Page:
By Matt Reese
We had friends over for dinner the other night just as the first signs of spring were really starting to show up in the landscape around our home. They live in town and, as they got out of their car, they commented several times on how much they “love it out here.”
I agree. I love it “out here” too. The old farmhouse we live in has its various issues (as old farmhouses do), but it is surrounded by gently rolling farm fields with a bit of pasture mixed in and swaths of woodlands. The view from our house is great, especially for sunrises and sunsets.
The wonderful view I enjoy brings value to my life, my family and my home. I appreciate it.
Yet, I have never once offered to pay the local farmers who own and manage the land around me for the value of my view. It is those folks who overcome the challenges, incur the costs and take the risks to make my view wonderful. The truth is, my view is worth more than I could really ever afford to pay them, and I’m pretty sure my neighbors wouldn’t take my money even if I offered it.
As it stands, though, there is great risk to the value of my view. I don’t own the land around my couple of acres or control what happens on it. The most common land use in my area is agriculture, and the most common use for former farmland is houses. Sometimes it is just a lot for a house; sometimes it is a large chunk of land for housing developments. That “progress” brings more houses and more non-farm development. I cringe every time I see a bulldozer at work in the neighborhood or a stone truck go by. The new houses are bringing city water and sewer increasingly close to my house (and my view) at an amazing pace. More houses also bring more traffic, more students in schools, more people, more complaints about the agriculturists working so hard to provide the view I love, and less of what I enjoy “out here.” New houses permanently destroy agricultural soils, displace wildlife, drastically alter the local ecosystem, hurt water and air quality, can lead to an economic drain on community infrastructure, and cause countless drainage and flooding headaches.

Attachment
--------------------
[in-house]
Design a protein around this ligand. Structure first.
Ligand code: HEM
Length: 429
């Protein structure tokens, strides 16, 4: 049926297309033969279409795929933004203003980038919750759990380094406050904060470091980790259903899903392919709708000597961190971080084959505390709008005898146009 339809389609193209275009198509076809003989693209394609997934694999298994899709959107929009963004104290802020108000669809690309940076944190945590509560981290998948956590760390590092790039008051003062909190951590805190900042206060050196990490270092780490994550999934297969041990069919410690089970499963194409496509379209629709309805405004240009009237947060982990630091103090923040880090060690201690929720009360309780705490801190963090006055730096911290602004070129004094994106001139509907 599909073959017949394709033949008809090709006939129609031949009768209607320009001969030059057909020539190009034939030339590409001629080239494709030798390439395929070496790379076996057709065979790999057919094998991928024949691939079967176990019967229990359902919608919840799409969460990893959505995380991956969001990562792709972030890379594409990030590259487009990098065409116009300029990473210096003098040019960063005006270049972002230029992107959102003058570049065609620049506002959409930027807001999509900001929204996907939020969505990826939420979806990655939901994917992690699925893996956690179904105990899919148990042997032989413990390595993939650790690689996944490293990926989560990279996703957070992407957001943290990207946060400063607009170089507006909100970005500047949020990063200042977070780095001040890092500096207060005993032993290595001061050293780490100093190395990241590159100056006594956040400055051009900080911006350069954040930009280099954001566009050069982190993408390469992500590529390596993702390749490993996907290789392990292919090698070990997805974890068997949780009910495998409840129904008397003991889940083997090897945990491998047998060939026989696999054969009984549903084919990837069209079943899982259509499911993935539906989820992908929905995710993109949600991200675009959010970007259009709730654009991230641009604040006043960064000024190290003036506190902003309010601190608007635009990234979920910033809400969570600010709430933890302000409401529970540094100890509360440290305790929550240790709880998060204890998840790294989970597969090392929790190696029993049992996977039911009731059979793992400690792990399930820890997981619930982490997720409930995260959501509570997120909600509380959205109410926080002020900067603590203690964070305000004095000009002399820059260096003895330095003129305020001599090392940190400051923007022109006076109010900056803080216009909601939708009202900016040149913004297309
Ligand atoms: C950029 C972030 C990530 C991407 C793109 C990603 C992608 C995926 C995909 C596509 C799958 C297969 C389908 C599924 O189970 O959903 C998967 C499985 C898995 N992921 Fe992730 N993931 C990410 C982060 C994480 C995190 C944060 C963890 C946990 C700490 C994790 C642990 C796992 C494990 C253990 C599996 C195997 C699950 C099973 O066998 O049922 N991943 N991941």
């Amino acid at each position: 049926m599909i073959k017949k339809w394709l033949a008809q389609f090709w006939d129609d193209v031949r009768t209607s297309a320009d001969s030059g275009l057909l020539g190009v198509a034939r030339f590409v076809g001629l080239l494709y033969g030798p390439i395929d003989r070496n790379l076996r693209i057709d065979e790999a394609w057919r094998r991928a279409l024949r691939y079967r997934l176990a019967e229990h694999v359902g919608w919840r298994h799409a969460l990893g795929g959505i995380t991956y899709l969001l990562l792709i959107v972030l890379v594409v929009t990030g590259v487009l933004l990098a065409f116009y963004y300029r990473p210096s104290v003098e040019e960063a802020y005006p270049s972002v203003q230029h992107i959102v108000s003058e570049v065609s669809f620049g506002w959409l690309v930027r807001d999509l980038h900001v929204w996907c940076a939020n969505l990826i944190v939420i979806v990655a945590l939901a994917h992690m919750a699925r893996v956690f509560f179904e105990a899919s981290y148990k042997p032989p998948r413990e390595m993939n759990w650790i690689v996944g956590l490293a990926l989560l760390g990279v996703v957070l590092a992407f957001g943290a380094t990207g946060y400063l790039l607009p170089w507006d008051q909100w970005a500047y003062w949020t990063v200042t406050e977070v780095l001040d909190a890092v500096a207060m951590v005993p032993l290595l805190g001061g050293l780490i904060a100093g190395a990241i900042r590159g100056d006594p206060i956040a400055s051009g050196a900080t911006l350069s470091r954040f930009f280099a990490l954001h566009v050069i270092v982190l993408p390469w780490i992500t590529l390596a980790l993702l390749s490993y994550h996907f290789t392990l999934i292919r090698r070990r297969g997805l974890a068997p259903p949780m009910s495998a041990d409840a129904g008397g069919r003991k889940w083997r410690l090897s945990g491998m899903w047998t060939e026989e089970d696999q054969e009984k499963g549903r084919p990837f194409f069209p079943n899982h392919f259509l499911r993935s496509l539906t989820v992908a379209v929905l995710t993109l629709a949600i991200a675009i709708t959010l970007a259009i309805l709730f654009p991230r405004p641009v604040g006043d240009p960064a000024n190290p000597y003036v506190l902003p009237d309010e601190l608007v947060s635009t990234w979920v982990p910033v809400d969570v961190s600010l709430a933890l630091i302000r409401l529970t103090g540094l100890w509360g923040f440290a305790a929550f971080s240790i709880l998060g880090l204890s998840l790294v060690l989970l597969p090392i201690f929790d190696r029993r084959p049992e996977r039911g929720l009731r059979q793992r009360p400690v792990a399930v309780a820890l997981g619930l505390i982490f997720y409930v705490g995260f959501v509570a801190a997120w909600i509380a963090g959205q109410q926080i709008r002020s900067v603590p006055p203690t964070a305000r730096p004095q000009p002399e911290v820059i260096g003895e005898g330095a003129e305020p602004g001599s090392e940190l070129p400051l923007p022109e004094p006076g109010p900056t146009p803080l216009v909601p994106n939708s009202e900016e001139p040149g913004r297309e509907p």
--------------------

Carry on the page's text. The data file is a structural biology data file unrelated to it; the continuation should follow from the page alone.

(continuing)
The sale of farmland for houses is a trend that has gone on for generations in agriculture. Agricultural lands and their great value to the community get buried under driveways, rooftops and basements so more people can live out in the country. It happens all the time.
In terms of my old-farmhouse-in-Fairfield County opinion, if I had a vote on the land use around me, I would pick for it to stay just as it is, without question. If the landowners around me decided the current pleasant mix of cropland, pastures and woodlands was no longer an option for whatever reason, a housing development would be near the bottom of my list of preferences, but high on the list of possibilities for the new land use.
If the owners of the land around me would ever decide to sell the land, though, I have one of the most equitable systems in the history of the world available at my disposal to address the situation and preserve my view just the way I want it: I could buy the land.
In reality, though, my farm writer bank account could never compete with farmers or developers for buying the land to preserve my wonderful, rural view and the great value it brings. If it were up to me, I’d keep things just the way they are. The reality is, though, that my opinion concerning what happens on the land around me really does not count unless I buy it. What other way would you have it?
Beyond the steady spread of houses into rural Ohio, there is a huge debate about rural land use in the state right now with regard to solar and wind development. This is a complex issue with legitimate concerns, benefits and arguments on both sides of the issue. Wind and solar are also a rural alternative to the historic trend of more houses or other types of non-ag use.
When considering all non-ag land uses for the ground around me, I actually think solar would be near or at the top of my list, followed by wind, other non-ag business, warehouses, a few houses on lots, and a housing development. Even lower on my list than housing developments would be things like landfills, waste treatment facilities or an old-fashioned junk yard. All are possibilities and I have no say about any of these land uses if I don’t own the land.
In trying to put myself in the shoes of the very frustrated folks facing wind and solar development in their communities, I can absolutely sympathize. I certainly do not know what the future holds for wind and solar in Ohio. There will surely be some successful situations and some problems, good neighbors and bad, and maybe some of both in the same situation.
I do know, for now, I will appreciate the beautiful agricultural view from my old farmhouse as the wonders of spring emerge. I will also appreciate, support and thank those who are working so hard to provide it to my family and the rest of the community, free of charge.